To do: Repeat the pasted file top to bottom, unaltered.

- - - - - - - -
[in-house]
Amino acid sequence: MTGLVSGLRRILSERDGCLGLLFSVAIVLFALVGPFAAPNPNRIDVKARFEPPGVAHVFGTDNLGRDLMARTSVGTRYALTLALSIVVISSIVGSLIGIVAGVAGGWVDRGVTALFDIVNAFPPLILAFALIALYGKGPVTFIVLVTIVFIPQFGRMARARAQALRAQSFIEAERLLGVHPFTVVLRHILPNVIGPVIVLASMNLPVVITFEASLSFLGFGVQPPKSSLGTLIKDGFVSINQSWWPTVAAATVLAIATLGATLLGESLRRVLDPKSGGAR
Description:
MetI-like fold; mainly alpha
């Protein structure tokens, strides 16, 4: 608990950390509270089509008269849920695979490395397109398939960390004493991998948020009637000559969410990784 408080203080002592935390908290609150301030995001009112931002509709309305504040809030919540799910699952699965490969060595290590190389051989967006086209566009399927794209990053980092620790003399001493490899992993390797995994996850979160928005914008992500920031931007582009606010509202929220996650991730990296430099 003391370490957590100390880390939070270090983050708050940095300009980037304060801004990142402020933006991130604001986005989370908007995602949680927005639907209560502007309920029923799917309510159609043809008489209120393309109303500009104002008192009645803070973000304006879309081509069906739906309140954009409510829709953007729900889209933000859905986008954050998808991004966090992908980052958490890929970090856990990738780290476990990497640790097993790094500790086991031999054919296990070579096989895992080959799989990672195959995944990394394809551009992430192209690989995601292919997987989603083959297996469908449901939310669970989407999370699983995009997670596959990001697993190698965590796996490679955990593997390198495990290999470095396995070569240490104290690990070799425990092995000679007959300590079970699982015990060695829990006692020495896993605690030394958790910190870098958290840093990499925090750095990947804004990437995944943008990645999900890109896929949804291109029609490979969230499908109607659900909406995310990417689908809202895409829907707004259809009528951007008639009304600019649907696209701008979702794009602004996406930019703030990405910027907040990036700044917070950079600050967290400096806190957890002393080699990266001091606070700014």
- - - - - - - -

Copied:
[in-house]
Amino acid sequence: MTGLVSGLRRILSERDGCLGLLFSVAIVLFALVGPFAAPNPNRIDVKARFEPPGVAHVFGTDNLGRDLMARTSVGTRYALTLALSIVVISSIVGSLIGIVAGVAGGWVDRGVTALFDIVNAFPPLILAFALIALYGKGPVTFIVLVTIVFIPQFGRMARARAQALRAQSFIEAERLLGVHPFTVVLRHILPNVIGPVIVLASMNLPVVITFEASLSFLGFGVQPPKSSLGTLIKDGFVSINQSWWPTVAAATVLAIATLGATLLGESLRRVLDPKSGGAR
Description:
MetI-like fold; mainly alpha
């Protein structure tokens, strides 16, 4: 608990950390509270089509008269849920695979490395397109398939960390004493991998948020009637000559969410990784 408080203080002592935390908290609150301030995001009112931002509709309305504040809030919540799910699952699965490969060595290590190389051989967006086209566009399927794209990053980092620790003399001493490899992993390797995994996850979160928005914008992500920031931007582009606010509202929220996650991730990296430099 003391370490957590100390880390939070270090983050708050940095300009980037304060801004990142402020933006991130604001986005989370908007995602949680927005639907209560502007309920029923799917309510159609043809008489209120393309109303500009104002008192009645803070973000304006879309081509069906739906309140954009409510829709953007729900889209933000859905986008954050998808991004966090992908980052958490890929970090856990990738780290476990990497640790097993790094500790086991031999054919296990070579096989895992080959799989990672195959995944990394394809551009992430192209690989995601292919997987989603083959297996469908449901939310669970989407999370699983995009997670596959990001697993190698965590796996490679955990593997390198495990290999470095396995070569240490104290690990070799425990092995000679007959300590079970699982015990060695829990006692020495896993605690030394958790910190870098958290840093990499925090750095990947804004990437995944943008990645999900890109896929949804291109029609490979969230499908109607659900909406995310990417689908809202895409829907707004259809009528951007008639009304600019649907696209701008979702794009602004996406930019703030990405910027907040990036700044917070950079600050967290400096806190957890002393080699990266001091606070700014």